How accurate are RapLeaf’s numbers? Can social media metrics be trusted for fandom studies?

January 10th, 2010 by Laura Leave a reply »

Yesterday, I was poking around the Internet to see if anyone had done any large scale demographic study of the characteristics of online fandom because sometimes, I feel like I’m the only person doing this. Most of the research I see relies heavily on survey work, which can be tremendously self selecting in terms of population. As a result, I tend to be generally distrustful of this work for demographic analysis or where it doesn’t speak to a small select population and isn’t a case study.

I did find one small study posted on Scribd titled Study on Sports Fans Demographics on Social Networks.  It was done by RapLeaf.  It had some interesting conclusions like half of hockey fans are female, compared to 40% for basketball and 35% for baseball.  It also concluded that 85% of sports fans are under the age of 35.  Fascinating.   They didn’t go much into their methodology much, beyond that they did this across social networks.

I’m rather skeptical of RapLeaf’s methodology here.  If I go to Facebook’s advertising demographics page, I get 26,240 female fans on ice hockey in the United States and 61,420 male fans of ice hockey in the United States.  (Ice hockey being necessary because in some countries, the hockey means field hockey.  In others, it means roller hockey.)  For the Chicago Blackhawks, 135,000 (55%)  fans are male and 112,00 (45%) are female.    For the Boston Bruins, 33,780 fans are female and 56,740 fans are male.  These numbers are a bit different than 50% and I’m not sure all the major social networks combined are going to get populations larger than Facebook.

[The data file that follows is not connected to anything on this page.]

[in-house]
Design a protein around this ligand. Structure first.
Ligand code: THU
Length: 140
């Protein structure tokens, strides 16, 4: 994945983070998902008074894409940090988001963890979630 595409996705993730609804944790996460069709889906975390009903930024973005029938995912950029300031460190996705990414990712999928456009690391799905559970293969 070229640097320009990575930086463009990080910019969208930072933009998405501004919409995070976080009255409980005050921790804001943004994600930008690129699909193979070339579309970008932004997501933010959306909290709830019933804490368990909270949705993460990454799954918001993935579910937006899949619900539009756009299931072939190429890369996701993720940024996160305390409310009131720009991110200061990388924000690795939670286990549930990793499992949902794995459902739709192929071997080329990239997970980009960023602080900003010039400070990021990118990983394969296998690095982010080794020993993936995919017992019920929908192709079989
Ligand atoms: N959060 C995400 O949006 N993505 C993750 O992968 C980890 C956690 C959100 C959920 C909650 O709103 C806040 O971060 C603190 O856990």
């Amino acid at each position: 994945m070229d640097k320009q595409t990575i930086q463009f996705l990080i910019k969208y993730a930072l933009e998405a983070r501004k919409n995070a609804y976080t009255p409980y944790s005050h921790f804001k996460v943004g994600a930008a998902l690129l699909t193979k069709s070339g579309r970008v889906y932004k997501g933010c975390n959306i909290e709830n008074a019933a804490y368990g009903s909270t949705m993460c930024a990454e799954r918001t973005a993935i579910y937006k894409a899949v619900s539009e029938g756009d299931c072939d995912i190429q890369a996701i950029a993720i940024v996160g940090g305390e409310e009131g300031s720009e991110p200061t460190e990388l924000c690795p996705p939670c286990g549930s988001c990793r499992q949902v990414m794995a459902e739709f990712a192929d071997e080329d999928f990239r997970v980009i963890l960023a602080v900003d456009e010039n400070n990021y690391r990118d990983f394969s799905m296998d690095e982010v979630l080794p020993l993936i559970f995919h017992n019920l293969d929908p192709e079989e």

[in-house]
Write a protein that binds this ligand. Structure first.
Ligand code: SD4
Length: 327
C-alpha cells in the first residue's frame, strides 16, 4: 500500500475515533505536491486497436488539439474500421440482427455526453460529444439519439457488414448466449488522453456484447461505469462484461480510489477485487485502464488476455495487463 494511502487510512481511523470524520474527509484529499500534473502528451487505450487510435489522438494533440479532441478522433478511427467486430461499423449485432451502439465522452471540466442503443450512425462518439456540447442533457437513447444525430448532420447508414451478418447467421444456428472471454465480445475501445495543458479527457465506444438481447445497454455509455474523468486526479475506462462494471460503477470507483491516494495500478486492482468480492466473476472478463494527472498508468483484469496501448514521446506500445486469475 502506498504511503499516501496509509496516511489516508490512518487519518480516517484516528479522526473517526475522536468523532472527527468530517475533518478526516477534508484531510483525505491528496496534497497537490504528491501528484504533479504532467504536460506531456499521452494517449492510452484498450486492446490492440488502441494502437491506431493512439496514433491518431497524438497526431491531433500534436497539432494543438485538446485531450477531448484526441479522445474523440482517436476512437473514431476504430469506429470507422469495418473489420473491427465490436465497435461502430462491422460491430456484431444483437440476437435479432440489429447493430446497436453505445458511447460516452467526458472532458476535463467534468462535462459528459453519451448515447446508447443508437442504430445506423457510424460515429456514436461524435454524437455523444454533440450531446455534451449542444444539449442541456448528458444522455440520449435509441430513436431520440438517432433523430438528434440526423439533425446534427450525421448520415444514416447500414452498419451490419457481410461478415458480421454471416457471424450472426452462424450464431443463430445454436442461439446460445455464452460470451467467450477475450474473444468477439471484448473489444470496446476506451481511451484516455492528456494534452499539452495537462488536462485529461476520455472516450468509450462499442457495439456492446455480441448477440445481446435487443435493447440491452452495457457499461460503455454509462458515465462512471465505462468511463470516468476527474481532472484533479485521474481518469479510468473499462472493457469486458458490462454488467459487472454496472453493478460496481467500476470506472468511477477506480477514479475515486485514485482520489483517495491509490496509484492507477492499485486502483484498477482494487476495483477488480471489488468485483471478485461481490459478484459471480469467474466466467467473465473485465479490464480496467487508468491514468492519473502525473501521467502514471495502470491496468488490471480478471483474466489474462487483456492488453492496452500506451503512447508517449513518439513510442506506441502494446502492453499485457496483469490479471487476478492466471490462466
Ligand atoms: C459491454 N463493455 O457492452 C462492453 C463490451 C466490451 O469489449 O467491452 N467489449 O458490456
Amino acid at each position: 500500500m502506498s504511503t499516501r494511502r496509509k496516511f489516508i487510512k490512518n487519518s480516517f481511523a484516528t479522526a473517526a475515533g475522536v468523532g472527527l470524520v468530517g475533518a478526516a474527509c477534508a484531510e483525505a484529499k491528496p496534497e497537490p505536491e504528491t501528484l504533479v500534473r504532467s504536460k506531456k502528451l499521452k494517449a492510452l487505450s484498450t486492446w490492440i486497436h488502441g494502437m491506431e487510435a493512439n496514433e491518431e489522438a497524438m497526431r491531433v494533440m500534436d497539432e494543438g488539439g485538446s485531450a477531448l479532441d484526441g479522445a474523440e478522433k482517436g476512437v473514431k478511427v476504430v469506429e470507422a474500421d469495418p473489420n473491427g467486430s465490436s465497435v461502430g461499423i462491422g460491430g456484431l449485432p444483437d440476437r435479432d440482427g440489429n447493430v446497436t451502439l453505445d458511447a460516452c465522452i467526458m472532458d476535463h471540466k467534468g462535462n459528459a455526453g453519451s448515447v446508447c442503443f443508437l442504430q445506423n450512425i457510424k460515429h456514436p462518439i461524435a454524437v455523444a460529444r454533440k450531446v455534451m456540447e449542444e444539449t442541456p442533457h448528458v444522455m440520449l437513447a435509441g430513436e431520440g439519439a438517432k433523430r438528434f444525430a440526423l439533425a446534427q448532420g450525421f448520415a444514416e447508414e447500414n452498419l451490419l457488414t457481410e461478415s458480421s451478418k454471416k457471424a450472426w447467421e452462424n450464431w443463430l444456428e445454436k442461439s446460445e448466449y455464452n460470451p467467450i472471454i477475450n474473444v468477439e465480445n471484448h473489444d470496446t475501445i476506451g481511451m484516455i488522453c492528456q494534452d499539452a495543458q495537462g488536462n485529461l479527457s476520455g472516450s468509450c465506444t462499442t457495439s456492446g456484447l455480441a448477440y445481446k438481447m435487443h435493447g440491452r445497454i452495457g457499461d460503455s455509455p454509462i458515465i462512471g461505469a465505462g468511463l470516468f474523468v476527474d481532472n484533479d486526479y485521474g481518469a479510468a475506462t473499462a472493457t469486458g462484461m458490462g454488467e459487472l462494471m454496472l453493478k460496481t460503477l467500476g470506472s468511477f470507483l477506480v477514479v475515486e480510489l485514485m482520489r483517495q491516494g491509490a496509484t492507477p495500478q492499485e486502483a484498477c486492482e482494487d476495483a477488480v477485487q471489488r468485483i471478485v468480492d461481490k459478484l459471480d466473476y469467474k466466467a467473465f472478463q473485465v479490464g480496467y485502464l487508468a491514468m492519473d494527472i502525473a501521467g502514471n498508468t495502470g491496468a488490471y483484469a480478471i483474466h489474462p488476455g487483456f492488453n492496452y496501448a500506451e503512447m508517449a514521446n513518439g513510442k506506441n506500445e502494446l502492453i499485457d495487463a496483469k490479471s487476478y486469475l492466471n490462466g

Are there more than 90,000 American ice hockey fans on bebo, LiveJournal, LinkedIn, blogger, Quizilla, MySpace?  Are there more than 243,000 fans of the Blackhawks on those networks when combined?  Maybe but I some how doubt it.

Quantcast has some demographic data up regarding gender breakdown of visitors to the NHL’s website.  Quantcast thinks that 59% of the visitors are male and 41% are female.  That’s much more in line with what the team specific data from Facebook is pulling.  The NHL also has a much bigger contributor pool, with about 2.1 million US visitors a month.

If you look on RapLeaf’s site, they give you a sample report for the data they provide, which includes a gender break down for users of various social networks.  One of the sites they offer a gender breakdown for is LiveJournal.  LiveJournal does have a gender field for its users to fill out and they use this information internally; there is no public display.  In fact, when they it looked like they might have made that information public, people complained loudly.  There are no indications from RapLeaf’s site that they have a partnership with networks like LiveJournal or LinkedIn where they are given access to this non-public data.   Where exactly are they pulling that data from?  It really begs the question of accuracy of RapLeaf’s numbers in this case.

I’d love to see a real demographic study about the composition of sports fandom and other fan communities.  It is a fascinating topic and can really go a long ways towards explaining how communities interact with each other, how they function and allow researchers to make better comparisons across communities.  I’m just not certain that the social media metrics provided by marketers, the only population that really seems to be working on this, can be trusted with their numbers any more than academic researchers with self selection survey populations can.

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